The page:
Basilica of St. Martin

Tours, France

The Basilique de St-Martin in Tours is a neo-Byzantine basilica on the site of previous churches built in honor of St. Martin, bishop of Tours in the 4th century. Next to it are two Romanesque towers and a Renaissance cloister surviving from the earlier basilica.

St. Martin died in 397 at the age of about 81 in Candes, and his body was brought to Tours. Martin's remains were enclosed in a stone sarcophagus, above which his successors, St. Britius and St. Perpetuus, built first a simple chapel, and later a basilica (466-72). St. Euphronius, Bishop of Autun and a friend of St. Perpetuus, sent a sculptured tablet of marble to cover the tomb. This Early Christian basilica burned down along with many other churches in 988.

A larger Basilica of St. Martin was constructed in 1014, which burned down in 1230. This was rebuilt as an even larger 13th-century Romanesque basilica, which became the center of great national pilgrimages and a stop on the way toSantiago. Martin's cult was very popular throughout the Middle Ages and a multitude of churches and chapels have been dedicated to him.

In 1562, Huguenots (French Calvinists) sacked the Basilica of St. Martin from top to bottom, especially destroying the tomb and relics of Martin. The church was restored by its canons, but then was completely demolished in 1793 during the Revolution. All the remained of the basilica was the two towers which are still standing. To ensure the basilica could not be rebuilt, the atheistic municipality caused two streets to be opened up on its site.

In December 1860, excavations located the site of St. Martin's tomb, of which some fragments were discovered. A new basilica to house these relics was constructed by Mgr Meignan, Archbishop of Tours, from 1886-1924. Martin's tomb is still a place of pilgrimage for the faithful.

References:

Comments

Your name

Website (optional)



Address

Rue Descartes 1-5, Tours, France
See all sites in Tours

Details

Founded: 1886-1924
Category: Religious sites in France

More Information

www.sacred-destinations.com

Rating

4.5/5 (based on Google user reviews)

User Reviews

Pascal Maurice (2 years ago)
Amen!
Ryan Pearce (2 years ago)
Worth a visit, quiet, peaceful but nothing spectacular.
MissSJ (2 years ago)
Some exterior parts of the church seemed to have ruins on it.
good juju (3 years ago)
Beautiful, peaceful church and crypt.
Tomokazu Hasegawa (3 years ago)
beautiful crypt. restration dome
Powered by Google

Featured Historic Landmarks, Sites & Buildings

Historic Site of the week

Saint Sophia Cathedral

The St Sophia's Cathedral was built between 1045-1050 inside the Novgorod Kremlin (fortress). It is one of the earliest stone structures of northern Russia. Its height is 38 m. Originally it was taller, for during the past nine centuries the lower part of the building became concealed by the two-metre thick cultural layer. The cathedral was built by Prince Vladimir, the son of Yaroslav the Wise, and until the 1130s this principal church of the city also served as the sepulchre of Novgorodian princes. For the Novgorodians, St Sophia became synonymous with their town, the symbol of civic power and independence.

The five-domed church looks simpler but no less impressive than its prototype, the thirteen-domed St Sophia of Kiev. The cathedral exterior is striking in its majesty and epic splendour evoking the memories of Novgorod's glorious past and invincible might. In the 11th century it looked more imposing than now. Its facade represented a gigantic mosaic of huge, coarsely trimmed irregular slabs of flagstone and shell rock. In some places (particularly on the apses), the wall was covered with mortar, smoothly polished, drawn up to imitate courses of brick or of whitestone slabs, and slightly coloured. As a result, the facade was not white, as it is today, but multicoloured. The play of stone, decorative painting and the building materials of various texture enhanced the impression of austere simplicity and introduced a picturesque effect.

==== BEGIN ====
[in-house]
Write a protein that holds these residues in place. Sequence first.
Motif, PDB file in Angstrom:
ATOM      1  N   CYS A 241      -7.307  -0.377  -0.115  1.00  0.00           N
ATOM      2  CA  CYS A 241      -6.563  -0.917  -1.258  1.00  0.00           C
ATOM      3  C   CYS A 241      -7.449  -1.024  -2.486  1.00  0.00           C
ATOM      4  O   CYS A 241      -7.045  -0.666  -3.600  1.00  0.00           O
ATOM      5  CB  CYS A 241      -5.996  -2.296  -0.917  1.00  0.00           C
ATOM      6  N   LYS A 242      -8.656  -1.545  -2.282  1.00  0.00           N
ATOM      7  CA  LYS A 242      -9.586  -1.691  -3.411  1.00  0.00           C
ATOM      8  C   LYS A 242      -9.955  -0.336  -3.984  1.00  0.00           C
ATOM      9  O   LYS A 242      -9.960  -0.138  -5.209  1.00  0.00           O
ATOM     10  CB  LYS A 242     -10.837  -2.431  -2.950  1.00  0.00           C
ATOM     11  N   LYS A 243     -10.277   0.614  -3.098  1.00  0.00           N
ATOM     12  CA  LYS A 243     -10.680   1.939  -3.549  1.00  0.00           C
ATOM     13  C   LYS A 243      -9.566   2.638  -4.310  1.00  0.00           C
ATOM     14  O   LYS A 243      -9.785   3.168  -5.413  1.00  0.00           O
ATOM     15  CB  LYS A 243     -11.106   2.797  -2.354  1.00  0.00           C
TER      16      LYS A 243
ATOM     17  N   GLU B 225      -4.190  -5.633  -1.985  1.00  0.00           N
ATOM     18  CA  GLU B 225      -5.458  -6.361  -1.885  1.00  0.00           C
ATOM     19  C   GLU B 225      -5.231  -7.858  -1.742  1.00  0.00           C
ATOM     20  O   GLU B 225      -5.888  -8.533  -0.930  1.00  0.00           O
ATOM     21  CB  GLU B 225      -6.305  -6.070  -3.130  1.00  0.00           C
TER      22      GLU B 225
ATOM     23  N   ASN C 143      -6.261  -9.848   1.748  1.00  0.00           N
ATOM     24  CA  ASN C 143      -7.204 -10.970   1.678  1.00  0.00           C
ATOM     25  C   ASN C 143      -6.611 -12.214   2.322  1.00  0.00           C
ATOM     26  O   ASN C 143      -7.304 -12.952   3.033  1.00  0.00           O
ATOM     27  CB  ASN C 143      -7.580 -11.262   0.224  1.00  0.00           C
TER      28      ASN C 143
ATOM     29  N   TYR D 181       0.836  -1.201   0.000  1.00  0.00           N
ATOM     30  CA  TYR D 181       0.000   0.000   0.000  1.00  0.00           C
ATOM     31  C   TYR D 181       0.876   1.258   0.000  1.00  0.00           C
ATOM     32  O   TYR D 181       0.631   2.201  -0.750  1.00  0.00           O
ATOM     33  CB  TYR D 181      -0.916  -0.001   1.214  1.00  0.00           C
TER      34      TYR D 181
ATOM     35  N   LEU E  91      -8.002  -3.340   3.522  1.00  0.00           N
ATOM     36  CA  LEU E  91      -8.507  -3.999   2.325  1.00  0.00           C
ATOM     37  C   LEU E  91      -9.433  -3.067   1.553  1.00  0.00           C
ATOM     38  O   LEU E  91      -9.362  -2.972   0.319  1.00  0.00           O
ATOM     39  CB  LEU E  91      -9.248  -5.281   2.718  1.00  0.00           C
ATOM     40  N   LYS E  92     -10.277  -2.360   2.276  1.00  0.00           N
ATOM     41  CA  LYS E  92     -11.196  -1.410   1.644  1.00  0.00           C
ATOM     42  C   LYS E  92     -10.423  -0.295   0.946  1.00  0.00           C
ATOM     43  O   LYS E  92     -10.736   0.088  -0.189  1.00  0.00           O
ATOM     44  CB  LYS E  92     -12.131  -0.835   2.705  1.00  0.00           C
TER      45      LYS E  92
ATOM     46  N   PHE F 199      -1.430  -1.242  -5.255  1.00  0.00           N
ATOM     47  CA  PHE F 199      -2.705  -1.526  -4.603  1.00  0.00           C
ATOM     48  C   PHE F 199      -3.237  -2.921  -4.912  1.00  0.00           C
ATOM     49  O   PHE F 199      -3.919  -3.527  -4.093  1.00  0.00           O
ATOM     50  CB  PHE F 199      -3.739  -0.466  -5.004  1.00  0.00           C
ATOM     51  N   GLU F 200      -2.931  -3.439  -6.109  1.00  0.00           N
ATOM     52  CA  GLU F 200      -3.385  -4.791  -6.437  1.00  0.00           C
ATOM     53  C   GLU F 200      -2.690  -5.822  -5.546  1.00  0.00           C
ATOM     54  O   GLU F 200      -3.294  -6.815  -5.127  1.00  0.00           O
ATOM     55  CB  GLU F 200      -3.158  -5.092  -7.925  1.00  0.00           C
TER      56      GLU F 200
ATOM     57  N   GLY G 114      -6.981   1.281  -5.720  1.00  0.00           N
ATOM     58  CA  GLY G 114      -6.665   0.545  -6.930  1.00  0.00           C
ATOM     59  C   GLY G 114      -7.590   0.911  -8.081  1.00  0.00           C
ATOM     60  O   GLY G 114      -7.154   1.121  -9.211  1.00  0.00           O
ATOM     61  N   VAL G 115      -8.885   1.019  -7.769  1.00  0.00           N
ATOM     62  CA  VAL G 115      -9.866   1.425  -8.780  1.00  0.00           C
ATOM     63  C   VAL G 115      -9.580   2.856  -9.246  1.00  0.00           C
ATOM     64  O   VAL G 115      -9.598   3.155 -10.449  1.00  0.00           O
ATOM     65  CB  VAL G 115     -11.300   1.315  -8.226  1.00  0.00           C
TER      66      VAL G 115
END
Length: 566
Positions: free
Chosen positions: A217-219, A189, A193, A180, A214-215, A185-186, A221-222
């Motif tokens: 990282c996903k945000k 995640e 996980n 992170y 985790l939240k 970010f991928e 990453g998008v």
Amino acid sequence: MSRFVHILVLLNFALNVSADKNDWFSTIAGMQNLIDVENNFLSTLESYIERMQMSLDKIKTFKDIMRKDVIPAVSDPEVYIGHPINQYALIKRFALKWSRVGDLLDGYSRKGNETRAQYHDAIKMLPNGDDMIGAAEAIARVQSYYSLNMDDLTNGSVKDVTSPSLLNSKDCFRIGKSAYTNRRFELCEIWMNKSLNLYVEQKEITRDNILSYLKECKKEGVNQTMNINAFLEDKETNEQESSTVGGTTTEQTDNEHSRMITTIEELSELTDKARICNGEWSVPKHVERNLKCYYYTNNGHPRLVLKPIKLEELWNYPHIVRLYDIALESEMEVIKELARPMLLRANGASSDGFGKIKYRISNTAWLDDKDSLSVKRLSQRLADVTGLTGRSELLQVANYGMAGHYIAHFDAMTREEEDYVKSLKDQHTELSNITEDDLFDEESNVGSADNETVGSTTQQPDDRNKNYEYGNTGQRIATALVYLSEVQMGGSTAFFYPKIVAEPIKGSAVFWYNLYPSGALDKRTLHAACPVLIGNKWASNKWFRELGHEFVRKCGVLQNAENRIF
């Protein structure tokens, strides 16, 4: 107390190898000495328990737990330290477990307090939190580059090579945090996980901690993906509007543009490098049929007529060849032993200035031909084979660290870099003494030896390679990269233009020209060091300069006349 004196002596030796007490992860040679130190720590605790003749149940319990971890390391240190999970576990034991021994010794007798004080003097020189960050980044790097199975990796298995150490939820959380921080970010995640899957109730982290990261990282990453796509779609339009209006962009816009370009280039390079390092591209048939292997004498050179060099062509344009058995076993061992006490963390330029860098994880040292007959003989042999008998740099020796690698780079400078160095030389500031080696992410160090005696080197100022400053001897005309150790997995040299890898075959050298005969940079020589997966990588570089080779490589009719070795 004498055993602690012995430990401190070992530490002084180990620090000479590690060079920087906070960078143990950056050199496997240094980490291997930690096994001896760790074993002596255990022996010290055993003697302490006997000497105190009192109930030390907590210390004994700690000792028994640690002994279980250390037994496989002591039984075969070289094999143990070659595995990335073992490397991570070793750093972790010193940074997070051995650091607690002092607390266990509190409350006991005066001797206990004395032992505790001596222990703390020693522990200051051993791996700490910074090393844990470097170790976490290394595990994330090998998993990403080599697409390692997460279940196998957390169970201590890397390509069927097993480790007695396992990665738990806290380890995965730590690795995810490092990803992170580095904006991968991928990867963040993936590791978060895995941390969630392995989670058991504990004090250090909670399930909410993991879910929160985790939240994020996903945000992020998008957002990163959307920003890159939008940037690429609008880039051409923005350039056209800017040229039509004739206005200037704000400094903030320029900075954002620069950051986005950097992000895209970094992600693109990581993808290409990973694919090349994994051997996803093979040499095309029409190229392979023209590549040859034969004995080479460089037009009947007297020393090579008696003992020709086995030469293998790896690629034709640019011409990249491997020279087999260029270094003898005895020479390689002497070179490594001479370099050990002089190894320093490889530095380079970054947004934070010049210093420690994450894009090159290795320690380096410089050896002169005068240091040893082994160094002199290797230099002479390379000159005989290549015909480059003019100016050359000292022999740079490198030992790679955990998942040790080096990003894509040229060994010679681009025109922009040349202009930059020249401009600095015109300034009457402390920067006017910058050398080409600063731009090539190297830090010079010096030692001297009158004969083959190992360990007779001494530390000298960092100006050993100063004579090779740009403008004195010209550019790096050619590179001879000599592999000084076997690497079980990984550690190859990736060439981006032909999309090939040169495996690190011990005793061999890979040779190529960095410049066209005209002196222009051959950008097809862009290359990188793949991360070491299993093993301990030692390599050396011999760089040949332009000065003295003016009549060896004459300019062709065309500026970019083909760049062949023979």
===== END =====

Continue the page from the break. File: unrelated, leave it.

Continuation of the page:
The two-storied galleries extend along the building's southern, western and northern sides, with a stair-tower constructed at the north-eastern corner. The cathedral has three entrances - the southern, western and northern, of which the western was the main one intended for ceremonial processions. A gate standing at the entrance is known as the Sigtuna Gate (mid-12th century); according to legend, it was brought from the Swedish town of Sigtuna in 1187. The second name of the gate derives from the town of Magdeburg, where it was made. The two leaves are decorated with biblical and evangelical scenes in cast bronze relief. In the lower left corner there are portraits of the craftsmen who created this superb specimen of medieval Western European bronze-work. An inscription in Latin gives their names, Riquin and Weissmut. The small central figure - judging from an inscription in Slavonic - is a representation of the Russian master craftsman Avraam, who assembled the gate.

There is yet another bronze gate in the cathedral, called the Korsun Gate. Made in the 11th century in Chersonesos, Byzantium, it leads from the southern gallery into the Nativity Side-Chapel. Legend has it that the gate was handed over to Novgorod as a gift of Prince Yaroslav the Wise (c. 978 - 1054).

The interior of the cathedral is as majestic as its exterior. It is divided by huge piers into five aisles, three of which end in altar apses. In the south-western corner, inside the tower, there is a wide spiral in relatively small, modest buildings of the 12th - 16th centuries.